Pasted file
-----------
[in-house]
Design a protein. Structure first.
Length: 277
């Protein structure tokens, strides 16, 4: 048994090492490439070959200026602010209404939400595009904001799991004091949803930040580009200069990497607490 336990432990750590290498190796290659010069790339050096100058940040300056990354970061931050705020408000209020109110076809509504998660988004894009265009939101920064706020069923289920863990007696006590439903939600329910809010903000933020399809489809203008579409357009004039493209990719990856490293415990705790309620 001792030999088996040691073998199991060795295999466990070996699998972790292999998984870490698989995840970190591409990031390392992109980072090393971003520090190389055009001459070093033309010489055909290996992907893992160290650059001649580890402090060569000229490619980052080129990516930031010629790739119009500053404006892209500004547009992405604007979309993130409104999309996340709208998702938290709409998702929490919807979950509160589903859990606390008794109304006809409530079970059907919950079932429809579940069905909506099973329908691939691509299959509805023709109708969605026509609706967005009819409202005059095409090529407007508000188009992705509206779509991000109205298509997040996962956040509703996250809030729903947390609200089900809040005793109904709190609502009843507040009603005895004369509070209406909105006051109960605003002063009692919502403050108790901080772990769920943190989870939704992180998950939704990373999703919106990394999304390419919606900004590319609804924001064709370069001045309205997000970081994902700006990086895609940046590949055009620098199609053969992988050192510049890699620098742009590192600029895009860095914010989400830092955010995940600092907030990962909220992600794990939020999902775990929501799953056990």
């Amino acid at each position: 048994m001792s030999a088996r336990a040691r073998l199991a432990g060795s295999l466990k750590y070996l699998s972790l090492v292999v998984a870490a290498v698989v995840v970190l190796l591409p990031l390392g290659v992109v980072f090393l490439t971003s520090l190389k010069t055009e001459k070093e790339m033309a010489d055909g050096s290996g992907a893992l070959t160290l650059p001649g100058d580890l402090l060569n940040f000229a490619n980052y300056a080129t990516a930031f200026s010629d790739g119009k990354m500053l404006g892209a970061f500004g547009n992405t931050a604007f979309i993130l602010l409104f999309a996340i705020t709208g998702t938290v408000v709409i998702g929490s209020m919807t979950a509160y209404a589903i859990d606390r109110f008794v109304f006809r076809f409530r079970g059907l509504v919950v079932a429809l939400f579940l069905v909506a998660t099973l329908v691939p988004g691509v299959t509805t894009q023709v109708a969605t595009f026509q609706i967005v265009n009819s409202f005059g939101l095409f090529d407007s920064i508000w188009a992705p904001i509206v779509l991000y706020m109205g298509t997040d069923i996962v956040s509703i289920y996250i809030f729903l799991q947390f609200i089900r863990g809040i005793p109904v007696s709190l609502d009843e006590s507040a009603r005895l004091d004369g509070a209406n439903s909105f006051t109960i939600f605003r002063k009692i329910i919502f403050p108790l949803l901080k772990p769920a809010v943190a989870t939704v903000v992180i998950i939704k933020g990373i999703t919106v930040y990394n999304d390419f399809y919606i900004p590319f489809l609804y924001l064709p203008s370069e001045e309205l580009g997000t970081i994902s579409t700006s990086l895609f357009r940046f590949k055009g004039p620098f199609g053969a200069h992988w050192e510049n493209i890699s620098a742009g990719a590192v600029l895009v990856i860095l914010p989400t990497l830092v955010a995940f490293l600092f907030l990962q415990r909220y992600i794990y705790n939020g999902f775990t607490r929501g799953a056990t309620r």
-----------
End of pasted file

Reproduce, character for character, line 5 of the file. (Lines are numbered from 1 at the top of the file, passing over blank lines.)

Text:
């Amino acid at each position: 048994m001792s030999a088996r336990a040691r073998l199991a432990g060795s295999l466990k750590y070996l699998s972790l090492v292999v998984a870490a290498v698989v995840v970190l190796l591409p990031l390392g290659v992109v980072f090393l490439t971003s520090l190389k010069t055009e001459k070093e790339m033309a010489d055909g050096s290996g992907a893992l070959t160290l650059p001649g100058d580890l402090l060569n940040f000229a490619n980052y300056a080129t990516a930031f200026s010629d790739g119009k990354m500053l404006g892209a970061f500004g547009n992405t931050a604007f979309i993130l602010l409104f999309a996340i705020t709208g998702t938290v408000v709409i998702g929490s209020m919807t979950a509160y209404a589903i859990d606390r109110f008794v109304f006809r076809f409530r079970g059907l509504v919950v079932a429809l939400f579940l069905v909506a998660t099973l329908v691939p988004g691509v299959t509805t894009q023709v109708a969605t595009f026509q609706i967005v265009n009819s409202f005059g939101l095409f090529d407007s920064i508000w188009a992705p904001i509206v779509l991000y706020m109205g298509t997040d069923i996962v956040s509703i289920y996250i809030f729903l799991q947390f609200i089900r863990g809040i005793p109904v007696s709190l609502d009843e006590s507040a009603r005895l004091d004369g509070a209406n439903s909105f006051t109960i939600f605003r002063k009692i329910i919502f403050p108790l949803l901080k772990p769920a809010v943190a989870t939704v903000v992180i998950i939704k933020g990373i999703t919106v930040y990394n999304d390419f399809y919606i900004p590319f489809l609804y924001l064709p203008s370069e001045e309205l580009g997000t970081i994902s579409t700006s990086l895609f357009r940046f590949k055009g004039p620098f199609g053969a200069h992988w050192e510049n493209i890699s620098a742009g990719a590192v600029l895009v990856i860095l914010p989400t990497l830092v955010a995940f490293l600092f907030l990962q415990r909220y992600i794990y705790n939020g999902f775990t607490r929501g799953a056990t309620r």